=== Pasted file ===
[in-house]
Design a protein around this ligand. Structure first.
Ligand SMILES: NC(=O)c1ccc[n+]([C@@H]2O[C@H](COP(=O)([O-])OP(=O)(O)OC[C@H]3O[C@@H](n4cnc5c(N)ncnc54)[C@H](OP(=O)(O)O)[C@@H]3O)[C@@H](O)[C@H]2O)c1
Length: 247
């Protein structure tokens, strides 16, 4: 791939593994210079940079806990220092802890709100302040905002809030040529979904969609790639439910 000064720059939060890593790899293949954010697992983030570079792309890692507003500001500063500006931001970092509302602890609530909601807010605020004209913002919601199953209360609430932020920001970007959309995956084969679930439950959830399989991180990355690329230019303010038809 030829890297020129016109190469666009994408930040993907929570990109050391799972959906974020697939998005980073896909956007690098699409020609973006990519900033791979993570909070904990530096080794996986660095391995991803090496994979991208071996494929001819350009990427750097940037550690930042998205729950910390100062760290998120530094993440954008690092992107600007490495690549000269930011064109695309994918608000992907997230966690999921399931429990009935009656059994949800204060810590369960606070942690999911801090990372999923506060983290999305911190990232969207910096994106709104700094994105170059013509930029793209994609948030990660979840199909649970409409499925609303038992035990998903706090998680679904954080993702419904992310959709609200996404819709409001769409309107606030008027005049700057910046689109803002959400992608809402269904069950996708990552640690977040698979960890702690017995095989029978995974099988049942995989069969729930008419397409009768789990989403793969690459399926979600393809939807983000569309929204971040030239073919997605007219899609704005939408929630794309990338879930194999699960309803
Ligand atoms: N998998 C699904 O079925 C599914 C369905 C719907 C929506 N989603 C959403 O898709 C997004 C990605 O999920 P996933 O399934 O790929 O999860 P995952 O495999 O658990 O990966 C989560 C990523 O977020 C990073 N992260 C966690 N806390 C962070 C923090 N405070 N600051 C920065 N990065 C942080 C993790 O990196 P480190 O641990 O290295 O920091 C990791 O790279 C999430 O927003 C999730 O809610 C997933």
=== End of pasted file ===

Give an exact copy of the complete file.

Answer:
[in-house]
Design a protein around this ligand. Structure first.
Ligand SMILES: NC(=O)c1ccc[n+]([C@@H]2O[C@H](COP(=O)([O-])OP(=O)(O)OC[C@H]3O[C@@H](n4cnc5c(N)ncnc54)[C@H](OP(=O)(O)O)[C@@H]3O)[C@@H](O)[C@H]2O)c1
Length: 247
């Protein structure tokens, strides 16, 4: 791939593994210079940079806990220092802890709100302040905002809030040529979904969609790639439910 000064720059939060890593790899293949954010697992983030570079792309890692507003500001500063500006931001970092509302602890609530909601807010605020004209913002919601199953209360609430932020920001970007959309995956084969679930439950959830399989991180990355690329230019303010038809 030829890297020129016109190469666009994408930040993907929570990109050391799972959906974020697939998005980073896909956007690098699409020609973006990519900033791979993570909070904990530096080794996986660095391995991803090496994979991208071996494929001819350009990427750097940037550690930042998205729950910390100062760290998120530094993440954008690092992107600007490495690549000269930011064109695309994918608000992907997230966690999921399931429990009935009656059994949800204060810590369960606070942690999911801090990372999923506060983290999305911190990232969207910096994106709104700094994105170059013509930029793209994609948030990660979840199909649970409409499925609303038992035990998903706090998680679904954080993702419904992310959709609200996404819709409001769409309107606030008027005049700057910046689109803002959400992608809402269904069950996708990552640690977040698979960890702690017995095989029978995974099988049942995989069969729930008419397409009768789990989403793969690459399926979600393809939807983000569309929204971040030239073919997605007219899609704005939408929630794309990338879930194999699960309803
Ligand atoms: N998998 C699904 O079925 C599914 C369905 C719907 C929506 N989603 C959403 O898709 C997004 C990605 O999920 P996933 O399934 O790929 O999860 P995952 O495999 O658990 O990966 C989560 C990523 O977020 C990073 N992260 C966690 N806390 C962070 C923090 N405070 N600051 C920065 N990065 C942080 C993790 O990196 P480190 O641990 O290295 O920091 C990791 O790279 C999430 O927003 C999730 O809610 C997933």